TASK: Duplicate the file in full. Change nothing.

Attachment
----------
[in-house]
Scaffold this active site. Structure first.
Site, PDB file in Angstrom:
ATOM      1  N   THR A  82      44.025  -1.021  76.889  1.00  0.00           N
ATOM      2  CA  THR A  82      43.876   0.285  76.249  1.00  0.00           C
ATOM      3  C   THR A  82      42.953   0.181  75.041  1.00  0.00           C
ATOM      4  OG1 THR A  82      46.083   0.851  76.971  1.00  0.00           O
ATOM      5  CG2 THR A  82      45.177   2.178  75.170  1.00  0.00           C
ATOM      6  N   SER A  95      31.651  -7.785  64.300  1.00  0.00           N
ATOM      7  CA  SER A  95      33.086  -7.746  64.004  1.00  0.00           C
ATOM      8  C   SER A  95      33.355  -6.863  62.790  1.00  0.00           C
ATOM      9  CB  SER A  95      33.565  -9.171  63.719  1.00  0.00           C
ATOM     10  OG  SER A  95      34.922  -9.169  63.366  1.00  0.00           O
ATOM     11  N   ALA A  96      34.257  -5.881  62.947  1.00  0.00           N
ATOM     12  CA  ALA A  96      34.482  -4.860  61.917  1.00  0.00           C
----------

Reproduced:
[in-house]
Scaffold this active site. Structure first.
Site, PDB file in Angstrom:
ATOM      1  N   THR A  82      44.025  -1.021  76.889  1.00  0.00           N
ATOM      2  CA  THR A  82      43.876   0.285  76.249  1.00  0.00           C
ATOM      3  C   THR A  82      42.953   0.181  75.041  1.00  0.00           C
ATOM      4  OG1 THR A  82      46.083   0.851  76.971  1.00  0.00           O
ATOM      5  CG2 THR A  82      45.177   2.178  75.170  1.00  0.00           C
ATOM      6  N   SER A  95      31.651  -7.785  64.300  1.00  0.00           N
ATOM      7  CA  SER A  95      33.086  -7.746  64.004  1.00  0.00           C
ATOM      8  C   SER A  95      33.355  -6.863  62.790  1.00  0.00           C
ATOM      9  CB  SER A  95      33.565  -9.171  63.719  1.00  0.00           C
ATOM     10  OG  SER A  95      34.922  -9.169  63.366  1.00  0.00           O
ATOM     11  N   ALA A  96      34.257  -5.881  62.947  1.00  0.00           N
ATOM     12  CA  ALA A  96      34.482  -4.860  61.917  1.00  0.00           C